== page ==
tressure


tressure

tressure [tresh-er] ExamplesWord Origin noun

  1. Heraldry. a narrower diminutive of the orle, usually ornamented with fleurs-de-lis at the edges and often doubled.
  2. Numismatics. an ornamental border enclosing the type on a coin or medal.

Origin of tressure 1275–1325; late Middle English Middle French, equivalent to tress(er) to braid, plait (derivative of tresse tress) + -ure -ure; replacing Middle English tressour Middle French tresseor, tressoir Related formstres·sured, adjective Examples from the Web for tressure Historical Examples of tressure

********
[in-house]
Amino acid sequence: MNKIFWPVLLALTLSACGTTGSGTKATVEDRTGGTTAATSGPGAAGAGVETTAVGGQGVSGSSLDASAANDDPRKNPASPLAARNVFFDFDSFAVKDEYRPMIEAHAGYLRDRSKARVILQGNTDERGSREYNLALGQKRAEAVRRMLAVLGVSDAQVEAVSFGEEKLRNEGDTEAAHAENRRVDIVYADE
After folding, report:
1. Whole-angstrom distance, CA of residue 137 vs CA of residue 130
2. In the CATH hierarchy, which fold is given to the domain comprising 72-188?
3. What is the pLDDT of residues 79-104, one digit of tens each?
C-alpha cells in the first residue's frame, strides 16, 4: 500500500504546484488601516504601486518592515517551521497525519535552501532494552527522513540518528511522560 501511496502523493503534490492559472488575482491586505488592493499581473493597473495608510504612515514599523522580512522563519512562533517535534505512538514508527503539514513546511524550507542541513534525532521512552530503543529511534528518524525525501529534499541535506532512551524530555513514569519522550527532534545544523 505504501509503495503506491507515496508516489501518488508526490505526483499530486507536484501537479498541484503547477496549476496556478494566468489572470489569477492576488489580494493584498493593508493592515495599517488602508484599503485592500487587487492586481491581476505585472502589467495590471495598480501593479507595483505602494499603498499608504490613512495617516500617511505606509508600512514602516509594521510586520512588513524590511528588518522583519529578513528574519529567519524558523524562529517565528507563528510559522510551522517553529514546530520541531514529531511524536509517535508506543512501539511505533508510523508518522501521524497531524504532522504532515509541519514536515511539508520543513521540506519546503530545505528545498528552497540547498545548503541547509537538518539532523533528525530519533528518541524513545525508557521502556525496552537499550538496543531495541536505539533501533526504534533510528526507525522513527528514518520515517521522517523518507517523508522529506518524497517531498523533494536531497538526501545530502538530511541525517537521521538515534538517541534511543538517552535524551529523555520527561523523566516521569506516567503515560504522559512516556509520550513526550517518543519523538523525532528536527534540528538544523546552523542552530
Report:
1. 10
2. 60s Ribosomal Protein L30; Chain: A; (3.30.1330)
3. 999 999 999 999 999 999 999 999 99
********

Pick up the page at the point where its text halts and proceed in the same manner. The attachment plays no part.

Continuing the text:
• The tressure should be double, but in this instance it is single.

    Royal English Bookbindings

    Cyril Davenport

  • The border surrounding the lion is heraldically known as the tressure.

    The Flags of the World

    F. Edward Hulme

  • The same rule, by the way, applies to the tressure, but not to the orle.

    A Complete Guide to Heraldry

    Arthur Charles Fox-Davies

  • The first authentic illustration of the tressure in the arms of Scotland dates from the year 1260.

    The Flags of the World

    F. Edward Hulme

  • In 1471 there was a curious attempt of the Scottish Parliament to displace the tressure.

    A Complete Guide to Heraldry

    Arthur Charles Fox-Davies

  • British Dictionary definitions for tressure tressure noun

    1. heraldry a narrow inner border on a shield, usually decorated with fleurs-de-lys

    Derived Formstressured, adjectiveWord Origin for tressure C14: from Old French tressour, from trecier to plait, from trece tress

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